This System 7 Today link shows how to network System 7 and Leopard.

A 68k Macintosh Liberation Army thread goes through a lot about Lion and old Macs, and down thread has a hack to replace Lion's with Leopard's to enable connecting with OS 9.

Also, Lion deprecated older AFP authentication methods causing connections to fail, so look here to re-enable them.

(UPDATE: And here's probably the most useful link of all, a very comprehensive post on Mac networking, including a handy chart showing your networking options depending on what Mac OS version you're on.)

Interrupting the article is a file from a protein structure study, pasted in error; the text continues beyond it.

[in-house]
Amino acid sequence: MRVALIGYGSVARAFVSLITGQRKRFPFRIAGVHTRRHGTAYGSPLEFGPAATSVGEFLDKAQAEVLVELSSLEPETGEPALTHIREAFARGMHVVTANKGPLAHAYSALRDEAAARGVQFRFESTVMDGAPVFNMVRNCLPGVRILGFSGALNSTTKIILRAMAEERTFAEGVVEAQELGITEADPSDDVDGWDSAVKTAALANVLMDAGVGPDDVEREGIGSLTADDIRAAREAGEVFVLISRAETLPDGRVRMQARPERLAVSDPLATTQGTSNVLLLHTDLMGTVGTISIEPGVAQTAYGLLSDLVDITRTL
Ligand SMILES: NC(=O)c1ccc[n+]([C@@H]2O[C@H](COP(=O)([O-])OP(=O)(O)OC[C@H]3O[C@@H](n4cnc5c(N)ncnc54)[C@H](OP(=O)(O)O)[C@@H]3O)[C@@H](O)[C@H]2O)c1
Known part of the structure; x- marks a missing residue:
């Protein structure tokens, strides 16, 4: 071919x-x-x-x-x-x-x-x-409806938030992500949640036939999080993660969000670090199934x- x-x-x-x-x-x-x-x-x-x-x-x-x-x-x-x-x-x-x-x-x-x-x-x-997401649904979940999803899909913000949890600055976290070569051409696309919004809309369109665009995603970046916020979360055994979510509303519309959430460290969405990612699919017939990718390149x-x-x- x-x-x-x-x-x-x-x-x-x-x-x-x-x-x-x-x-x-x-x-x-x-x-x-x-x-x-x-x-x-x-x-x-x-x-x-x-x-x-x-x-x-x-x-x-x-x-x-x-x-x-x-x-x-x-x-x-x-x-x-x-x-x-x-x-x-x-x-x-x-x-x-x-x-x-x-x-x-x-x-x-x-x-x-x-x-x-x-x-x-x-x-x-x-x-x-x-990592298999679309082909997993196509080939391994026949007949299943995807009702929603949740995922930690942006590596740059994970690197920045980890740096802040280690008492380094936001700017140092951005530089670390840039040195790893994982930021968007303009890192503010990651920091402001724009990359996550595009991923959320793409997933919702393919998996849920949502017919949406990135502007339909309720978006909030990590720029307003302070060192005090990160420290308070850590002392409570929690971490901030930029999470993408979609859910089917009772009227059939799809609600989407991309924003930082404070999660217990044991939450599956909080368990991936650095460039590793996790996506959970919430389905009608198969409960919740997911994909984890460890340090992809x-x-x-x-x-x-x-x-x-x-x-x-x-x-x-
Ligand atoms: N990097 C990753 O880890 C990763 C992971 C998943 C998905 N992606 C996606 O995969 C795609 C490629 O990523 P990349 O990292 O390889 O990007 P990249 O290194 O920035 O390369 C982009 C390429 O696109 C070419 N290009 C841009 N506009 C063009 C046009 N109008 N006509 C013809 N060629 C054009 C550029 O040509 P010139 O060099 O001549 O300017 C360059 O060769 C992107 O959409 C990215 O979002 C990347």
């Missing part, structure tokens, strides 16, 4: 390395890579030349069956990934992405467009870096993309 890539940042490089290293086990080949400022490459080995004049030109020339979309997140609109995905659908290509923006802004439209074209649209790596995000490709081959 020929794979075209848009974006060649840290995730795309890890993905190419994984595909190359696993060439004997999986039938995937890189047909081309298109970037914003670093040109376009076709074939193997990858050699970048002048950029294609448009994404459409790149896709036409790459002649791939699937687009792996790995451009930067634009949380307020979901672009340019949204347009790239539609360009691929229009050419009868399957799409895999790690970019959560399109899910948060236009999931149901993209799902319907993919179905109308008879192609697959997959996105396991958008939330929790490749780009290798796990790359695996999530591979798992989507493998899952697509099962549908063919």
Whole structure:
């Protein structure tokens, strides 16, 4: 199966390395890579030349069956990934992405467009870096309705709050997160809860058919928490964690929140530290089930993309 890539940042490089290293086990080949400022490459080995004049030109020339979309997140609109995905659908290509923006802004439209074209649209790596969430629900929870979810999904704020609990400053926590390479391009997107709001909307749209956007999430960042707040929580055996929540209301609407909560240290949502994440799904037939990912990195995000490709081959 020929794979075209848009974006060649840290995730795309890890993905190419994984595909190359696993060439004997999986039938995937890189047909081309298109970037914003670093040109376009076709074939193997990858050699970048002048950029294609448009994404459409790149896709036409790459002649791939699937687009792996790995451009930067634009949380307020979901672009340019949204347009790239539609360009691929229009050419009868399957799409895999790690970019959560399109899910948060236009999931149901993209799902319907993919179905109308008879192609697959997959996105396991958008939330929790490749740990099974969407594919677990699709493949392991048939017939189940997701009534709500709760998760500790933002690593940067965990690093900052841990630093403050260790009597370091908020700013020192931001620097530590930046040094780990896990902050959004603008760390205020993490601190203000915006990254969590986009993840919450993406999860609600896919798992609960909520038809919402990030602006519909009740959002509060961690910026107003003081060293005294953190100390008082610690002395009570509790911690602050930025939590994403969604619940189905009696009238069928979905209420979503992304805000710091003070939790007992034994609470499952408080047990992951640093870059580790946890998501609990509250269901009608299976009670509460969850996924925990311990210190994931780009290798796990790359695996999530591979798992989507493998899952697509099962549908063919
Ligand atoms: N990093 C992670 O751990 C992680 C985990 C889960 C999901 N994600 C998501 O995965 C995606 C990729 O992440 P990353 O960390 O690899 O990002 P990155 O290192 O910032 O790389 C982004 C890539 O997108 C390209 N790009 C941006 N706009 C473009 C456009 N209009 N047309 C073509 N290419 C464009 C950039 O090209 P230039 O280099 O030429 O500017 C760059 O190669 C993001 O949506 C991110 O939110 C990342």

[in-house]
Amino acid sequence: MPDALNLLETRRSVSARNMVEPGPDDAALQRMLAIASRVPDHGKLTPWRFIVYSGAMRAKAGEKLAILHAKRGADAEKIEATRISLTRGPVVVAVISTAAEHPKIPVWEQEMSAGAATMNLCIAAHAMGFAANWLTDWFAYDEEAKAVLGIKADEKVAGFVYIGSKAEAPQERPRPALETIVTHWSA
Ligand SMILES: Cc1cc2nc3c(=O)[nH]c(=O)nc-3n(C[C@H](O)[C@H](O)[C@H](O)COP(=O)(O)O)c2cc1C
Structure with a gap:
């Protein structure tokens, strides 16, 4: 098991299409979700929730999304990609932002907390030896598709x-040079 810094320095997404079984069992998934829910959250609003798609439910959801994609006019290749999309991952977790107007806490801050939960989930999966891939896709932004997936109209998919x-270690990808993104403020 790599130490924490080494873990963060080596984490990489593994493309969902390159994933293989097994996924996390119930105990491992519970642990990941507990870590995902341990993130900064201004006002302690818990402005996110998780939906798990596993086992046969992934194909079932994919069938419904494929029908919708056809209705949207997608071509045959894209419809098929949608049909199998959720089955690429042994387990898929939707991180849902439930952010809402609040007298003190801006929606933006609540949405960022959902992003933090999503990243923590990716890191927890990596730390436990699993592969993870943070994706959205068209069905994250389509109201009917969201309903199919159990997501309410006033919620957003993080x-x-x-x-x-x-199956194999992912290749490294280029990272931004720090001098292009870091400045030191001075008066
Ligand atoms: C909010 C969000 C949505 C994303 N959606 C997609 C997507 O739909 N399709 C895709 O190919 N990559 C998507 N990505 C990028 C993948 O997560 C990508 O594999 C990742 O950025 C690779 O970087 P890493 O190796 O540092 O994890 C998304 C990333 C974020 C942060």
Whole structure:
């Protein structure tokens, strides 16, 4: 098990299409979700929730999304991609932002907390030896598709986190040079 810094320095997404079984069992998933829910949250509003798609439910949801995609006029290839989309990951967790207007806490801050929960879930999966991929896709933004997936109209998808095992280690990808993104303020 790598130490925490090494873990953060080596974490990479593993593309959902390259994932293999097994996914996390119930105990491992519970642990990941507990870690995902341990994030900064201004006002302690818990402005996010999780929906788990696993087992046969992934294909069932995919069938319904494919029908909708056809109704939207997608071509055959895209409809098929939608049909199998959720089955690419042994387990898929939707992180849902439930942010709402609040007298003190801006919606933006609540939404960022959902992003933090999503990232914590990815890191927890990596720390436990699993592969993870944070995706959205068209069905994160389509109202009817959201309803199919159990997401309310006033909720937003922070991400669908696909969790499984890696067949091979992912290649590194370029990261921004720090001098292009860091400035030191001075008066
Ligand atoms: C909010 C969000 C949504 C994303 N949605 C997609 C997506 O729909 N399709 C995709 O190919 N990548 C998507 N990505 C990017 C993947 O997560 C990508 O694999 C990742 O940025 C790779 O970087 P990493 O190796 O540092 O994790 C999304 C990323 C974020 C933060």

There's also SSH and SFTP (SSH File Transfer Protocol). The server side is activated in OS X with the Remote Login option in the Sharing preferences. Linux systems usually have the client and server software automatically installed with the openssh-client and openssh-server packages. As far as clients go, Cyberduck is a great SFTP client for OS X (3.2.1 for Tiger available in their changelog section). There's Filezilla or bareFTP for Linux, or you can even connect through a file manager. And there's an OS 9 SSH client called Nifty Telnet SSH.

There's also ftp, but that's too boring to write about, har. And if you're transfering files from OS 9, check out my post about resource forks.